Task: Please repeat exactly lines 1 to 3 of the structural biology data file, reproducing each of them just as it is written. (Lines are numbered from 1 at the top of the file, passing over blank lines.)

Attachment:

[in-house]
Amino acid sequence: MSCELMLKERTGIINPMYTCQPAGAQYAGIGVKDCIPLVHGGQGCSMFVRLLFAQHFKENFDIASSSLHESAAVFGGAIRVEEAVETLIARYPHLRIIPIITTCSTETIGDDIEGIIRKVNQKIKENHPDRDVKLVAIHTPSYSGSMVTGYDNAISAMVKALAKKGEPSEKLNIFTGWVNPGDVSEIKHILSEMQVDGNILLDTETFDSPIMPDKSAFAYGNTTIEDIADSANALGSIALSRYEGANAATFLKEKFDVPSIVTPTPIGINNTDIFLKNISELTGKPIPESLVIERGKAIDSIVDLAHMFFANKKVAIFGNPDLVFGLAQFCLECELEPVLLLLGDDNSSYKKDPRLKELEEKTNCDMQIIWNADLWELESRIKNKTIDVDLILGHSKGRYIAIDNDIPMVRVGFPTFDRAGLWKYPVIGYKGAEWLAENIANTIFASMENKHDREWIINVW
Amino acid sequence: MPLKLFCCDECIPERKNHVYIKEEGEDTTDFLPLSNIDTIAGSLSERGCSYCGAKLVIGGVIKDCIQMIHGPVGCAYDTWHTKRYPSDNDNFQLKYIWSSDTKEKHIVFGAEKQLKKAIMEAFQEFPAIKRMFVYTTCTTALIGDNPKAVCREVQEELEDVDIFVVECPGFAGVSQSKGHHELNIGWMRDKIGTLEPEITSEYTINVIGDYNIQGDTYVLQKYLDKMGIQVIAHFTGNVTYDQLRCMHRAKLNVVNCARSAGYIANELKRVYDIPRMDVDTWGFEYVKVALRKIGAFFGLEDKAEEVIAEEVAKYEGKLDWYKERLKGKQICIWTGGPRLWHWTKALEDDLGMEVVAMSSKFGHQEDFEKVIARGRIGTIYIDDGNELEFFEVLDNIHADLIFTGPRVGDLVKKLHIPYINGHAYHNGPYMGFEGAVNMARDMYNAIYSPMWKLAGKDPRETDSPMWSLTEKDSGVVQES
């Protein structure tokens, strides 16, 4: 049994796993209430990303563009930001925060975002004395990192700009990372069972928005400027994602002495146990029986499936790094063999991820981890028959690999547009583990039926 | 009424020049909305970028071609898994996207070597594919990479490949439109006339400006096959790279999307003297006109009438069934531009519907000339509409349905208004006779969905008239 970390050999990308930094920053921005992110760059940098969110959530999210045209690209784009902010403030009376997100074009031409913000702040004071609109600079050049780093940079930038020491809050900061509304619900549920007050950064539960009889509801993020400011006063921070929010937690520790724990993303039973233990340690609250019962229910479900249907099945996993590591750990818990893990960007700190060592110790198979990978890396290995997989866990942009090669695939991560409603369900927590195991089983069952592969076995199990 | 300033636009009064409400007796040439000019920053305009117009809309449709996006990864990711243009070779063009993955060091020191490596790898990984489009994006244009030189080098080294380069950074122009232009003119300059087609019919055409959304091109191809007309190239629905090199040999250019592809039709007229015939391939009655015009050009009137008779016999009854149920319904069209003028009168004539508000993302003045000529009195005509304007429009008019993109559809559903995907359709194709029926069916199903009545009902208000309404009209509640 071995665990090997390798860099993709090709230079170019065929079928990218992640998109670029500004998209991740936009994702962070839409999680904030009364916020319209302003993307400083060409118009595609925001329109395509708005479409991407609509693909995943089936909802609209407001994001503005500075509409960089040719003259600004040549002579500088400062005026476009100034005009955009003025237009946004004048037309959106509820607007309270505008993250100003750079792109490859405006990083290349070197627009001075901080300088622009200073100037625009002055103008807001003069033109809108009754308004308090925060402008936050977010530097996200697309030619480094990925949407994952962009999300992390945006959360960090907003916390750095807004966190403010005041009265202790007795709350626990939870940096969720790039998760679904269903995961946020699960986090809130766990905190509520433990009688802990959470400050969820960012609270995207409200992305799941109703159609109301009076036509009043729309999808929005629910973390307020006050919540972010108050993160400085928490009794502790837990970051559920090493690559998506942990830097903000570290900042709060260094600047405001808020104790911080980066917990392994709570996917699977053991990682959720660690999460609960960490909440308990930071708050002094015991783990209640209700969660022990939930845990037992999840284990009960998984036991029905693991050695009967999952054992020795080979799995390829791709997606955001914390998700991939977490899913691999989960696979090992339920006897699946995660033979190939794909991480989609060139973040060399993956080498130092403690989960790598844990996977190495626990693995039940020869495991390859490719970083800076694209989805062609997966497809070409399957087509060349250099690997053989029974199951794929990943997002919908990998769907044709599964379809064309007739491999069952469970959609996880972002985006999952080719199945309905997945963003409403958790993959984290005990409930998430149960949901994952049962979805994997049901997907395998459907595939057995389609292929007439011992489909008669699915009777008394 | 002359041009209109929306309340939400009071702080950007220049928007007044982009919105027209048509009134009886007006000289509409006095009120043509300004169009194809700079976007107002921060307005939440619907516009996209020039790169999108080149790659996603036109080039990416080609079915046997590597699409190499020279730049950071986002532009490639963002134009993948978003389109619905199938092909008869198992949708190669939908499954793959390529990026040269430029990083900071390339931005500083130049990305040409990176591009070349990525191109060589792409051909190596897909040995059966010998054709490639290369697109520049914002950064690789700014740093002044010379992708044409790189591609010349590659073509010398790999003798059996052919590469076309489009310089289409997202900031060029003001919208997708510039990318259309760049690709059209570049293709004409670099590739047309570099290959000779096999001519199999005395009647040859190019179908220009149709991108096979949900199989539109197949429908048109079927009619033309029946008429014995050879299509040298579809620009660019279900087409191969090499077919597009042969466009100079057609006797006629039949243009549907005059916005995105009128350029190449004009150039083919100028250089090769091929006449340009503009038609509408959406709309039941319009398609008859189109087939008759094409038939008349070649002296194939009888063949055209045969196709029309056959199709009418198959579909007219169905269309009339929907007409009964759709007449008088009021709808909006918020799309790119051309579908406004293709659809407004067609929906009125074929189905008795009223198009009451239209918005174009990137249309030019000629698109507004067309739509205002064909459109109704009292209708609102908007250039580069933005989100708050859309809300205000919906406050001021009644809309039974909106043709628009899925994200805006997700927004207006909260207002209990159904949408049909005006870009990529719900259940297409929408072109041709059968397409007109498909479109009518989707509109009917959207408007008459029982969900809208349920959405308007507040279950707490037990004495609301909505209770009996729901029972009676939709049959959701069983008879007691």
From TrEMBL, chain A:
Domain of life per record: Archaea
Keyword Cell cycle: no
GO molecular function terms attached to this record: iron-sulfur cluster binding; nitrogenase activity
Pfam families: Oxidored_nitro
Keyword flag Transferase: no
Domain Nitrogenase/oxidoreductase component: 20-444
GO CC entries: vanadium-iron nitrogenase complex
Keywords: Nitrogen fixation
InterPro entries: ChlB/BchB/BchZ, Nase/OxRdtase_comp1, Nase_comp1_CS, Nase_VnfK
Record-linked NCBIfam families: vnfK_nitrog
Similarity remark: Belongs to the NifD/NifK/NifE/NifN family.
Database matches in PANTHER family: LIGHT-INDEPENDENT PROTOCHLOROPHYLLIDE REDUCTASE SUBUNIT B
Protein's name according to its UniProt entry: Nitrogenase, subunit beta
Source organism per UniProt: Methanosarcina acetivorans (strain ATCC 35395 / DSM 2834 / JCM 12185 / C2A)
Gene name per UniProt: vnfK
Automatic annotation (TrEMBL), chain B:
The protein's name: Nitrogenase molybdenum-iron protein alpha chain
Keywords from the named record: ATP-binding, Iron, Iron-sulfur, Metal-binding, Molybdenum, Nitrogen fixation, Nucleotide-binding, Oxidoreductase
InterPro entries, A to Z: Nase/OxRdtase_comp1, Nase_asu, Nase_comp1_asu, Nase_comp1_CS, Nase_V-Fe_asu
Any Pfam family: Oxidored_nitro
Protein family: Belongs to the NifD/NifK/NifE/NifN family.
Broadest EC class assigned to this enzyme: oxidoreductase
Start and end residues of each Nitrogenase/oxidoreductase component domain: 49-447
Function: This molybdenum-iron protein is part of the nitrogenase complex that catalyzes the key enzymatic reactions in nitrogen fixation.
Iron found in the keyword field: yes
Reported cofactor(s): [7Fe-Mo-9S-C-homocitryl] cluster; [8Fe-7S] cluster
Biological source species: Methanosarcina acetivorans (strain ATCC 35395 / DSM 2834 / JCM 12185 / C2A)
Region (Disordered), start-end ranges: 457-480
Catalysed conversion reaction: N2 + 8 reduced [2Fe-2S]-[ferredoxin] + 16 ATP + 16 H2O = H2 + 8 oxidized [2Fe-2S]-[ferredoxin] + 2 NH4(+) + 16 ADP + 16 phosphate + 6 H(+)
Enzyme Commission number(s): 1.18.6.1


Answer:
[in-house]
Amino acid sequence: MSCELMLKERTGIINPMYTCQPAGAQYAGIGVKDCIPLVHGGQGCSMFVRLLFAQHFKENFDIASSSLHESAAVFGGAIRVEEAVETLIARYPHLRIIPIITTCSTETIGDDIEGIIRKVNQKIKENHPDRDVKLVAIHTPSYSGSMVTGYDNAISAMVKALAKKGEPSEKLNIFTGWVNPGDVSEIKHILSEMQVDGNILLDTETFDSPIMPDKSAFAYGNTTIEDIADSANALGSIALSRYEGANAATFLKEKFDVPSIVTPTPIGINNTDIFLKNISELTGKPIPESLVIERGKAIDSIVDLAHMFFANKKVAIFGNPDLVFGLAQFCLECELEPVLLLLGDDNSSYKKDPRLKELEEKTNCDMQIIWNADLWELESRIKNKTIDVDLILGHSKGRYIAIDNDIPMVRVGFPTFDRAGLWKYPVIGYKGAEWLAENIANTIFASMENKHDREWIINVW
Amino acid sequence: MPLKLFCCDECIPERKNHVYIKEEGEDTTDFLPLSNIDTIAGSLSERGCSYCGAKLVIGGVIKDCIQMIHGPVGCAYDTWHTKRYPSDNDNFQLKYIWSSDTKEKHIVFGAEKQLKKAIMEAFQEFPAIKRMFVYTTCTTALIGDNPKAVCREVQEELEDVDIFVVECPGFAGVSQSKGHHELNIGWMRDKIGTLEPEITSEYTINVIGDYNIQGDTYVLQKYLDKMGIQVIAHFTGNVTYDQLRCMHRAKLNVVNCARSAGYIANELKRVYDIPRMDVDTWGFEYVKVALRKIGAFFGLEDKAEEVIAEEVAKYEGKLDWYKERLKGKQICIWTGGPRLWHWTKALEDDLGMEVVAMSSKFGHQEDFEKVIARGRIGTIYIDDGNELEFFEVLDNIHADLIFTGPRVGDLVKKLHIPYINGHAYHNGPYMGFEGAVNMARDMYNAIYSPMWKLAGKDPRETDSPMWSLTEKDSGVVQES